The payoff for the happy few who make it to Wilson is the most natural, unvarnished, unreconstructed experience in the region. I counted 22 paces from the lip of my tent (khaki canvas, steel frame, raised wooden platform) to where the water broke on the shore, and that was at low tide. I didn't report to an activities center when I wanted to go snorkeling. There is no activities center. I rolled out of bed, stepped onto the reef, and snorkeled. My nearest fellow explorer as I plumbed a bommie, a huge deep-water coral outcrop gorged with fish and plant life, was 1,000 feet away; on Wilson, anything less is considered an invasion of personal space.

The skies above the resort are famously big and clear, and at night, with the aid of a sweet little book from the Longhouse library, I could almost have told you what time it was just by looking at the stars. Nesting green turtles weighing 450 pounds hauled themselves epically up the beach in the moonlight so regularly, I became almost blasé. Choosing spots above the high-tide mark, they use their flippers to scrape out body pits, then smaller egg chambers. The sand flies. The turtles lay an average of 120 eggs per clutch. They look like Ping-Pong balls.

Not all of the wildlife on Wilson is so picturesque. Muttonbirds are the island's dirty secret. Have you ever been hit in the head by a creature the size of small chicken trying to land? A stay at the resort carries this danger. Muttonbirds have a disproportionately large wingspan that makes it impossible for them to alter course once committed. They crash into trees, shelves of wine glasses in Longhouse—anything that gets in their way. In December and January their numbers climb to 14,000. The smell is... I won't say. The sound just as you are about to go to sleep is the sound of 14,000 babies being strangled. Between the muttons and terns and buff-banded rails and bar-shouldered doves, you never for a moment feel that you're not a guest on Wilson: it's their island. Two pairs of rotating hosts in their twenties have a grab bag of talents. This is just as well, for as the entire staff they do everything: cook, clean, lead interpretative walks through the pandanus grove and pisonia forest, and change the topic when dinner conversation descends to cricket ("brown stains on the crease"). As a system it works well. The dishes they coax out of two six-burner gas barbecues are as accomplished as anything you'd get at a Sydney bistro-of-the-moment: beautiful fans of red wine–poached pear slices partnered with goat cheese; roast fillet of pork with apples and ginger; expertly frenched, perfectly charred rack of lamb with pea and pepper salad; chocolate and orange mousse. Wilson does not hold back. All of the above, plus three vegetables, comprised a single meal.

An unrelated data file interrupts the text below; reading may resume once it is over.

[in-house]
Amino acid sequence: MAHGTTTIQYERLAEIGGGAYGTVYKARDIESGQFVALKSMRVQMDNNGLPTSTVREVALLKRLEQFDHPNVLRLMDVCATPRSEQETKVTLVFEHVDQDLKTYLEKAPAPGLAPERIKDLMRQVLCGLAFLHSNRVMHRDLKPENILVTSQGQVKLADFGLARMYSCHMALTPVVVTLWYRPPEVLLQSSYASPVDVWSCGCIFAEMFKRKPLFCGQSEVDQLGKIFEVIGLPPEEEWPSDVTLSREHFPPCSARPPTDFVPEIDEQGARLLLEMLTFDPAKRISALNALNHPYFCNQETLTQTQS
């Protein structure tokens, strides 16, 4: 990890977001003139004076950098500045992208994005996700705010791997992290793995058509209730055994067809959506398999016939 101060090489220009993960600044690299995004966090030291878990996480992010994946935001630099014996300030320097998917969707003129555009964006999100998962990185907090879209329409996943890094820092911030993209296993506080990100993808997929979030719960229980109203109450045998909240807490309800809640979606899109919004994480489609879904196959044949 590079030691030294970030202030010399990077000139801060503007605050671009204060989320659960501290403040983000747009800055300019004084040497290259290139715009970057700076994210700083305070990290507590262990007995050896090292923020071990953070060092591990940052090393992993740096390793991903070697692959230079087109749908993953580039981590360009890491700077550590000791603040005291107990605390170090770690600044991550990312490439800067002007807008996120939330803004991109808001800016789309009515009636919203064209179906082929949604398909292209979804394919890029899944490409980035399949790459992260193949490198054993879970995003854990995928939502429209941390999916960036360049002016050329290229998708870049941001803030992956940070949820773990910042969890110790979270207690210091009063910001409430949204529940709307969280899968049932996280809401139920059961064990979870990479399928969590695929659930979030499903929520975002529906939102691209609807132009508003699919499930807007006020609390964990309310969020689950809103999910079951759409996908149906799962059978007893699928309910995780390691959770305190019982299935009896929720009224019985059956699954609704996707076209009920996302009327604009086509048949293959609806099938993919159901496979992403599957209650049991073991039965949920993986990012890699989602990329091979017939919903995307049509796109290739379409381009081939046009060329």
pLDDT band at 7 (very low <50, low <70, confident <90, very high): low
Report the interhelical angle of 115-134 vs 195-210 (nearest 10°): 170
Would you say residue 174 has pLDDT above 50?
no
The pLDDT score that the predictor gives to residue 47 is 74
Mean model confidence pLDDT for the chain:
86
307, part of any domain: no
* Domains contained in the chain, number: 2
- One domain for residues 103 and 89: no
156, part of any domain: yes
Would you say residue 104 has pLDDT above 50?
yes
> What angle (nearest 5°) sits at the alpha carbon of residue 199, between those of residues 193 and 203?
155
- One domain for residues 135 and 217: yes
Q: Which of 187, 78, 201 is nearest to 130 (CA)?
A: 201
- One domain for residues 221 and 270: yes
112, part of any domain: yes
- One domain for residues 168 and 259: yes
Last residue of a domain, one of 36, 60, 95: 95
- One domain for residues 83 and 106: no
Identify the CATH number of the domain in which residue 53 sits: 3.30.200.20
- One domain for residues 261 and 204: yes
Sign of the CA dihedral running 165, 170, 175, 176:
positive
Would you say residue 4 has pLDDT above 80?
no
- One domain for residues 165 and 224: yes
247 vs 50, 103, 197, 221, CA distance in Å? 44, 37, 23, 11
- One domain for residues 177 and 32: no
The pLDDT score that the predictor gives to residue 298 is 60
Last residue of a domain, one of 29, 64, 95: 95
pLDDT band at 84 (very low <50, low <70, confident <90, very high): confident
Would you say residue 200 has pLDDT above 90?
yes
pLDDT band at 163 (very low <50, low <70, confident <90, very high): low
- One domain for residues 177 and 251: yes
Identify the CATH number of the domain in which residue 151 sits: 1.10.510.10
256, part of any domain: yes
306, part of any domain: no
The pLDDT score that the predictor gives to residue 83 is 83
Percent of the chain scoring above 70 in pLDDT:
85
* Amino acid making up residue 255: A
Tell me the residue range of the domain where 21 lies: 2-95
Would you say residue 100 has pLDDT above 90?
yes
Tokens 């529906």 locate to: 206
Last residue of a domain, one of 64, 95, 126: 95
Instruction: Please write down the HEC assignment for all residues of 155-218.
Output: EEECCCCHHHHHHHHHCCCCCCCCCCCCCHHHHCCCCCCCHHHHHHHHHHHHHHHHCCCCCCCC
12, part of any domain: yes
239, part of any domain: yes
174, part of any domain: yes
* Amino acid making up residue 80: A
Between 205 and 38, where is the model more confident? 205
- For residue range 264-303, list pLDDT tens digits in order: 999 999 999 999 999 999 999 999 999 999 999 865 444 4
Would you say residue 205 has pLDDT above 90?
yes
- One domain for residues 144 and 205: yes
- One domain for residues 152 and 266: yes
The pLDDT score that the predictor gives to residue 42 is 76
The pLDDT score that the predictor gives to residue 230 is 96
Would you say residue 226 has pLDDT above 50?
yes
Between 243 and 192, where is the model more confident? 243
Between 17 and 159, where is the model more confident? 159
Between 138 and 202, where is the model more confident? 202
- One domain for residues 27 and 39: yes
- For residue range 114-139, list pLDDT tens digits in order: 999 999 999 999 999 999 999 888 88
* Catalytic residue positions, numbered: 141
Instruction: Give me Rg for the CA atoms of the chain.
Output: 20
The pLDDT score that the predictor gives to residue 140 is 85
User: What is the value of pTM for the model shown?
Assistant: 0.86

Because of the logistics of getting people on and off the island, to stay on it you must also stay on neighboring Heron. The five-night package begins and ends on Heron, with three nights on Wilson. Although Heron's activities—including diving, which is unavailable on Wilson—are unbeatable, the property itself has an institutional quality that is less than fetching.

As for the bathrooms on Wilson, they're massed in one block. Each tent gets its own shower, but there are only three toilets and three sinks—one in a stall and two lined up boot camp–style without a partition.

You always wanted to see a longfin batfish. On the other hand, maybe you're just too much of a princess.

800/225-9849 or 61-7/4972-9055; www.wilsonisland.com; doubles from $605.

BEDARRA ISLAND

If I read tomorrow in Life & Style or In Touch that George Clooney spent a long weekend at Bedarra applying baby oil to his new chérie's bottom, I wouldn't be surprised. It's that kind of place: exclusive, private, and very expensive.

Bedarra offers all the water sports you expect from a Reef resort, but sports are not what it excels at and not what you come for. (For those you go to Lizard Island, a sister property and well-loved Reef classic.) Lacking the necessary licenses, Bedarra farms out many activities to external operators, and the dive center is annoyingly located on the mainland.

No, you don't come to Bedarra to spend energy, I discovered. Rather, you come to read, nap; eat, nap; drink, nap; listen to music, nap; wander in the rain forest, nap; canoodle, nap; admire the towering wedgelike rock formations, nap; and so on. Buttering toast, flicking sand with my toes, loading the CD changer, and refilling the essence burner was as strenuous as it ever got for me. A sultrier, more languorous resort experience is impossible to imagine.

The non-wilderness portion of Bedarra occupies a fraction of its host island, which has eight far-off vacation homes that you are barely but nonetheless aware of (this technically should disallow Bedarra from calling itself a private-island resort, but it does so anyway). Indeed, the property is so compact, you can walk between its outlying buildings in five minutes, with time to spare. Except at meals, don't count on running into anyone. People keep to themselves at Bedarra. But if they're not out on the reef, and not curled up on a lounge on the spotted-gum terrace overlooking Hernandia Bay, and not on the beach (which is only okay, and rather messy), where is everyone?